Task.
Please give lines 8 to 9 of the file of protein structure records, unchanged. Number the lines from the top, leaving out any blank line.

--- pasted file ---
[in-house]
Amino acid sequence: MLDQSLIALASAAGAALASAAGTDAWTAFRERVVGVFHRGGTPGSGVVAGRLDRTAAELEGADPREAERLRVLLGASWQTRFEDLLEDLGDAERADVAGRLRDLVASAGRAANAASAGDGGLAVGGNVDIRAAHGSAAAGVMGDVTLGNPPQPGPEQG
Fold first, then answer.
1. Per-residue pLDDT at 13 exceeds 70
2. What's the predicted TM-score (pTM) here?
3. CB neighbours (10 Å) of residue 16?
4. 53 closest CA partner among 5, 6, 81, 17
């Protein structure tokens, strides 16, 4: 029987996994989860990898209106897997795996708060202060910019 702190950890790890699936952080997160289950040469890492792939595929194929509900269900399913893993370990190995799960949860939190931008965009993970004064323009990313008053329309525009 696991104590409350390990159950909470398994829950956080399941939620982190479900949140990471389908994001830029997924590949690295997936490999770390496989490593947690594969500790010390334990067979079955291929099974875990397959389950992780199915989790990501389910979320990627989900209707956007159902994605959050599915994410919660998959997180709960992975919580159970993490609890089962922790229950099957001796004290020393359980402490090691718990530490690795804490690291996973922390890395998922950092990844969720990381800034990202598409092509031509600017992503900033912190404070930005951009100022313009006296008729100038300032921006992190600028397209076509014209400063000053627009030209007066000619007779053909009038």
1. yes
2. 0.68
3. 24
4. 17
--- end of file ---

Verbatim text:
């Protein structure tokens, strides 16, 4: 029987996994989860990898209106897997795996708060202060910019 702190950890790890699936952080997160289950040469890492792939595929194929509900269900399913893993370990190995799960949860939190931008965009993970004064323009990313008053329309525009 696991104590409350390990159950909470398994829950956080399941939620982190479900949140990471389908994001830029997924590949690295997936490999770390496989490593947690594969500790010390334990067979079955291929099974875990397959389950992780199915989790990501389910979320990627989900209707956007159902994605959050599915994410919660998959997180709960992975919580159970993490609890089962922790229950099957001796004290020393359980402490090691718990530490690795804490690291996973922390890395998922950092990844969720990381800034990202598409092509031509600017992503900033912190404070930005951009100022313009006296008729100038300032921006992190600028397209076509014209400063000053627009030209007066000619007779053909009038």
1. yes